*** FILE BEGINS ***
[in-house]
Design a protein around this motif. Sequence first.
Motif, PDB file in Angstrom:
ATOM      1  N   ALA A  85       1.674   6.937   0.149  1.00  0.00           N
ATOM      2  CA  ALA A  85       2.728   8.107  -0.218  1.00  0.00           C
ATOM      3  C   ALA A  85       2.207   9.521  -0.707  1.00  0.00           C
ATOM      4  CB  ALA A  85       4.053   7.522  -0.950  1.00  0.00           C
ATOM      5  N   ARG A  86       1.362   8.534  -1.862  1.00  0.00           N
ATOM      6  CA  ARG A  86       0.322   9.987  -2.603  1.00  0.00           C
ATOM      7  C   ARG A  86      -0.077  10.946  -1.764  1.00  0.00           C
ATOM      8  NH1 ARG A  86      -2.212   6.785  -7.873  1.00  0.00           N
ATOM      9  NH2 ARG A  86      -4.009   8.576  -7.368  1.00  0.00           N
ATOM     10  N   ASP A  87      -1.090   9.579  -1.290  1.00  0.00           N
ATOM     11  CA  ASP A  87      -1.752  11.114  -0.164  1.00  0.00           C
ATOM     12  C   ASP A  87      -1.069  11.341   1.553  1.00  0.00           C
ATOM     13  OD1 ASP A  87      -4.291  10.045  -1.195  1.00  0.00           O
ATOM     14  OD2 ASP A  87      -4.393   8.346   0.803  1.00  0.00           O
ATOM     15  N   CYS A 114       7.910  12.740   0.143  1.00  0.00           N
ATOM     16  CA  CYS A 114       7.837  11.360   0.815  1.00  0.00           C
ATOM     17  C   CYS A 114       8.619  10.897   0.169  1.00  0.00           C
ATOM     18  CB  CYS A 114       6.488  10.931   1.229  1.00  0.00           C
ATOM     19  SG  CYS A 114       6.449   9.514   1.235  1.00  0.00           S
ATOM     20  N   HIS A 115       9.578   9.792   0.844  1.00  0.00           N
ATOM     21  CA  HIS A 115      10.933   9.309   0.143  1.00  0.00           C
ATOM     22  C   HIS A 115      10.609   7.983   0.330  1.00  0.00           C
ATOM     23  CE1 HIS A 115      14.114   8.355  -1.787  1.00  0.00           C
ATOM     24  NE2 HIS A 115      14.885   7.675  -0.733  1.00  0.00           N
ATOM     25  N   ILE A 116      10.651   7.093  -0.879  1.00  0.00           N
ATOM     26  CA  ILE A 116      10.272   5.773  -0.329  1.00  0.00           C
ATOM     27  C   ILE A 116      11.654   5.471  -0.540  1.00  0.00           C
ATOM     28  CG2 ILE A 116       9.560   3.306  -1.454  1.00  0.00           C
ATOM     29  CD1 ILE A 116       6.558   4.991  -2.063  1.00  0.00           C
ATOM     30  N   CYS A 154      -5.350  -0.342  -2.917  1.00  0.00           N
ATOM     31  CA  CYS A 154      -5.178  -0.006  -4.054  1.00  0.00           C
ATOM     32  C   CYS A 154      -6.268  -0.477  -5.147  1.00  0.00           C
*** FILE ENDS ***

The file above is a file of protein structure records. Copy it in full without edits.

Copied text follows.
[in-house]
Design a protein around this motif. Sequence first.
Motif, PDB file in Angstrom:
ATOM      1  N   ALA A  85       1.674   6.937   0.149  1.00  0.00           N
ATOM      2  CA  ALA A  85       2.728   8.107  -0.218  1.00  0.00           C
ATOM      3  C   ALA A  85       2.207   9.521  -0.707  1.00  0.00           C
ATOM      4  CB  ALA A  85       4.053   7.522  -0.950  1.00  0.00           C
ATOM      5  N   ARG A  86       1.362   8.534  -1.862  1.00  0.00           N
ATOM      6  CA  ARG A  86       0.322   9.987  -2.603  1.00  0.00           C
ATOM      7  C   ARG A  86      -0.077  10.946  -1.764  1.00  0.00           C
ATOM      8  NH1 ARG A  86      -2.212   6.785  -7.873  1.00  0.00           N
ATOM      9  NH2 ARG A  86      -4.009   8.576  -7.368  1.00  0.00           N
ATOM     10  N   ASP A  87      -1.090   9.579  -1.290  1.00  0.00           N
ATOM     11  CA  ASP A  87      -1.752  11.114  -0.164  1.00  0.00           C
ATOM     12  C   ASP A  87      -1.069  11.341   1.553  1.00  0.00           C
ATOM     13  OD1 ASP A  87      -4.291  10.045  -1.195  1.00  0.00           O
ATOM     14  OD2 ASP A  87      -4.393   8.346   0.803  1.00  0.00           O
ATOM     15  N   CYS A 114       7.910  12.740   0.143  1.00  0.00           N
ATOM     16  CA  CYS A 114       7.837  11.360   0.815  1.00  0.00           C
ATOM     17  C   CYS A 114       8.619  10.897   0.169  1.00  0.00           C
ATOM     18  CB  CYS A 114       6.488  10.931   1.229  1.00  0.00           C
ATOM     19  SG  CYS A 114       6.449   9.514   1.235  1.00  0.00           S
ATOM     20  N   HIS A 115       9.578   9.792   0.844  1.00  0.00           N
ATOM     21  CA  HIS A 115      10.933   9.309   0.143  1.00  0.00           C
ATOM     22  C   HIS A 115      10.609   7.983   0.330  1.00  0.00           C
ATOM     23  CE1 HIS A 115      14.114   8.355  -1.787  1.00  0.00           C
ATOM     24  NE2 HIS A 115      14.885   7.675  -0.733  1.00  0.00           N
ATOM     25  N   ILE A 116      10.651   7.093  -0.879  1.00  0.00           N
ATOM     26  CA  ILE A 116      10.272   5.773  -0.329  1.00  0.00           C
ATOM     27  C   ILE A 116      11.654   5.471  -0.540  1.00  0.00           C
ATOM     28  CG2 ILE A 116       9.560   3.306  -1.454  1.00  0.00           C
ATOM     29  CD1 ILE A 116       6.558   4.991  -2.063  1.00  0.00           C
ATOM     30  N   CYS A 154      -5.350  -0.342  -2.917  1.00  0.00           N
ATOM     31  CA  CYS A 154      -5.178  -0.006  -4.054  1.00  0.00           C
ATOM     32  C   CYS A 154      -6.268  -0.477  -5.147  1.00  0.00           C